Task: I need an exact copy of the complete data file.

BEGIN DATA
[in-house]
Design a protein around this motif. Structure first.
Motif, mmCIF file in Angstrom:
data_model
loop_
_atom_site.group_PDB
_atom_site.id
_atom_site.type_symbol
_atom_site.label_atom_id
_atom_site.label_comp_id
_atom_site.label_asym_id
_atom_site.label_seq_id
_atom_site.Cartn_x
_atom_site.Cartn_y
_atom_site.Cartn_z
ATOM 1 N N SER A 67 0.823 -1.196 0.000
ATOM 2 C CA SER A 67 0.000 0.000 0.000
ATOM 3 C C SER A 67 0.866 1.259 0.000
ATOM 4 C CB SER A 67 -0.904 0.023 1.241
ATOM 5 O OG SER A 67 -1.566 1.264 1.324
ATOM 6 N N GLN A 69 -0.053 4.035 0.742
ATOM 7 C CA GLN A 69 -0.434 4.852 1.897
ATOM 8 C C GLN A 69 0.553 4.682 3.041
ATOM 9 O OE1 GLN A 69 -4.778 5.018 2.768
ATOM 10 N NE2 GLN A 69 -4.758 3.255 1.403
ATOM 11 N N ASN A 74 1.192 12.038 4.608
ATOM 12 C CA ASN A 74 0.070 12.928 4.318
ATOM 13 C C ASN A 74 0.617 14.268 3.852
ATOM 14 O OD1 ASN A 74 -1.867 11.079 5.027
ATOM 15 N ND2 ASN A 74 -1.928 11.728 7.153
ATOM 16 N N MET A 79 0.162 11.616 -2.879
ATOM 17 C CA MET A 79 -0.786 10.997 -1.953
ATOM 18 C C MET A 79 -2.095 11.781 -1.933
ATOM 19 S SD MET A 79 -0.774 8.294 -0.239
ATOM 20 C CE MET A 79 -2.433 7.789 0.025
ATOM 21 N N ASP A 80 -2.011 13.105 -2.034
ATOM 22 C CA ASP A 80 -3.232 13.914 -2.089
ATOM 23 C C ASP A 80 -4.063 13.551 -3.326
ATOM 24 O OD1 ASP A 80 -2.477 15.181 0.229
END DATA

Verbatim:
[in-house]
Design a protein around this motif. Structure first.
Motif, mmCIF file in Angstrom:
data_model
loop_
_atom_site.group_PDB
_atom_site.id
_atom_site.type_symbol
_atom_site.label_atom_id
_atom_site.label_comp_id
_atom_site.label_asym_id
_atom_site.label_seq_id
_atom_site.Cartn_x
_atom_site.Cartn_y
_atom_site.Cartn_z
ATOM 1 N N SER A 67 0.823 -1.196 0.000
ATOM 2 C CA SER A 67 0.000 0.000 0.000
ATOM 3 C C SER A 67 0.866 1.259 0.000
ATOM 4 C CB SER A 67 -0.904 0.023 1.241
ATOM 5 O OG SER A 67 -1.566 1.264 1.324
ATOM 6 N N GLN A 69 -0.053 4.035 0.742
ATOM 7 C CA GLN A 69 -0.434 4.852 1.897
ATOM 8 C C GLN A 69 0.553 4.682 3.041
ATOM 9 O OE1 GLN A 69 -4.778 5.018 2.768
ATOM 10 N NE2 GLN A 69 -4.758 3.255 1.403
ATOM 11 N N ASN A 74 1.192 12.038 4.608
ATOM 12 C CA ASN A 74 0.070 12.928 4.318
ATOM 13 C C ASN A 74 0.617 14.268 3.852
ATOM 14 O OD1 ASN A 74 -1.867 11.079 5.027
ATOM 15 N ND2 ASN A 74 -1.928 11.728 7.153
ATOM 16 N N MET A 79 0.162 11.616 -2.879
ATOM 17 C CA MET A 79 -0.786 10.997 -1.953
ATOM 18 C C MET A 79 -2.095 11.781 -1.933
ATOM 19 S SD MET A 79 -0.774 8.294 -0.239
ATOM 20 C CE MET A 79 -2.433 7.789 0.025
ATOM 21 N N ASP A 80 -2.011 13.105 -2.034
ATOM 22 C CA ASP A 80 -3.232 13.914 -2.089
ATOM 23 C C ASP A 80 -4.063 13.551 -3.326
ATOM 24 O OD1 ASP A 80 -2.477 15.181 0.229